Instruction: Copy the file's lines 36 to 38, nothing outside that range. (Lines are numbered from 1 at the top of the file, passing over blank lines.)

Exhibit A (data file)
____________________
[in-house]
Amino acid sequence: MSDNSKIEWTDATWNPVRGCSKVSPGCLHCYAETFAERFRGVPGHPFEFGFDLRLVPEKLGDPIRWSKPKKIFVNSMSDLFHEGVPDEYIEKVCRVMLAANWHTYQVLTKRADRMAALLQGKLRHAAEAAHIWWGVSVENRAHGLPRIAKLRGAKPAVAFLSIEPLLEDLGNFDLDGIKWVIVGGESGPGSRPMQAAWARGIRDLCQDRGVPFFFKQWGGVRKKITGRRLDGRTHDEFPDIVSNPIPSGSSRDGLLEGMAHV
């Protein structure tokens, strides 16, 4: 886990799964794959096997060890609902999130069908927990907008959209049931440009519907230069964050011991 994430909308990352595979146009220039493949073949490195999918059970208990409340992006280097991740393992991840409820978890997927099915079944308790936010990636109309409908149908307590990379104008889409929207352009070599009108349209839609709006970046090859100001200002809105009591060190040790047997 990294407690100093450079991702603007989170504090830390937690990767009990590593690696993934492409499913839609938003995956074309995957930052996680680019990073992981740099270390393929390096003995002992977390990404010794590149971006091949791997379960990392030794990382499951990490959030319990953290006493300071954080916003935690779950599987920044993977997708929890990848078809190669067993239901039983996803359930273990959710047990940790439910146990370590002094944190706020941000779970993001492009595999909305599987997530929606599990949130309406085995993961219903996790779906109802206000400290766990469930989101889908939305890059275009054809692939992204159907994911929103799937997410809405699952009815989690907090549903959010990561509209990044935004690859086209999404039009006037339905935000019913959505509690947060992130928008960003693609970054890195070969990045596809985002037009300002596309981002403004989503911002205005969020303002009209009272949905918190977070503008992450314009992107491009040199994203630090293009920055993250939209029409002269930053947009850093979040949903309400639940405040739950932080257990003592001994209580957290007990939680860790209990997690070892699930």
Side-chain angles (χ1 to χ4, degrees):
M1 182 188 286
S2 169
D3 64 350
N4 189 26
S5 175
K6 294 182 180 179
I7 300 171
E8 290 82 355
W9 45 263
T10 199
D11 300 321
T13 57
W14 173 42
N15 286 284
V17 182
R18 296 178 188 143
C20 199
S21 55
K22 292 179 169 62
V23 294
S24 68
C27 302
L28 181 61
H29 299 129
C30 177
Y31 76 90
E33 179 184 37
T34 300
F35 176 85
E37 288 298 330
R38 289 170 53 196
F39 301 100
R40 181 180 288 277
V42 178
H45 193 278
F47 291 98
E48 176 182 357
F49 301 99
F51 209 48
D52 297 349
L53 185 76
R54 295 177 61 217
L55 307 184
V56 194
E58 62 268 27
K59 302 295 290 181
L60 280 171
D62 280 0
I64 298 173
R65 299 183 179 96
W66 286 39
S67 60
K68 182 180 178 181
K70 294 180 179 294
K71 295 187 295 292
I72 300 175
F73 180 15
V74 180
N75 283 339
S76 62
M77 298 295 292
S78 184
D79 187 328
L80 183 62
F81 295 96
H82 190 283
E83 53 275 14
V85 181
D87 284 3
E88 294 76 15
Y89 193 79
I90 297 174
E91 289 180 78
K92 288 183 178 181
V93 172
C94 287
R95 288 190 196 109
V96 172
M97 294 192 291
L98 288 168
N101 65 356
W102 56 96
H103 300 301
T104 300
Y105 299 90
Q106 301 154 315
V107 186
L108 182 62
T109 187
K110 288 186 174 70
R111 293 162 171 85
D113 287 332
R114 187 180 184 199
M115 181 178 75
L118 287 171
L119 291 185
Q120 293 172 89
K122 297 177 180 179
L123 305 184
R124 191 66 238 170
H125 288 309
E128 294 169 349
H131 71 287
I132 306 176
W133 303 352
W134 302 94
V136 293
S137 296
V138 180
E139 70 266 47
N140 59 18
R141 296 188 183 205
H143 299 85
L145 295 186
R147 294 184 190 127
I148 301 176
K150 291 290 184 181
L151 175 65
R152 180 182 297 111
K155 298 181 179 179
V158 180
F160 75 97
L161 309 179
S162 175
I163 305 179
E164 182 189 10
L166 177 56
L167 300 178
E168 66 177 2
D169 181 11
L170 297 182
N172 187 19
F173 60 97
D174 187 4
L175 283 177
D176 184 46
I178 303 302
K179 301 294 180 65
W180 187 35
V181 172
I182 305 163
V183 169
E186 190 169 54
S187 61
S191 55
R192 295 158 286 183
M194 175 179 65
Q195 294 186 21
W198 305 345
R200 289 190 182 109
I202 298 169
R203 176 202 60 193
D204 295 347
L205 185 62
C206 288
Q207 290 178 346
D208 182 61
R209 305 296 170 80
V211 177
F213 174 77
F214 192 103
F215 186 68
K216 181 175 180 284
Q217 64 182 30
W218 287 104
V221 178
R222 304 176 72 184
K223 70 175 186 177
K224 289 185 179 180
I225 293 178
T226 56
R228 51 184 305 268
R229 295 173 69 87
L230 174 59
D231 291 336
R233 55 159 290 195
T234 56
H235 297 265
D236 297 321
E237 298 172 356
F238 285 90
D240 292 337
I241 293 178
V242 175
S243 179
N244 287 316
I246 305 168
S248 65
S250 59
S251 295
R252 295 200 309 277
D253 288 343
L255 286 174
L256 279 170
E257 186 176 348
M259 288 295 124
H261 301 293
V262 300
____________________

F39 301 100
R40 181 180 288 277
V42 178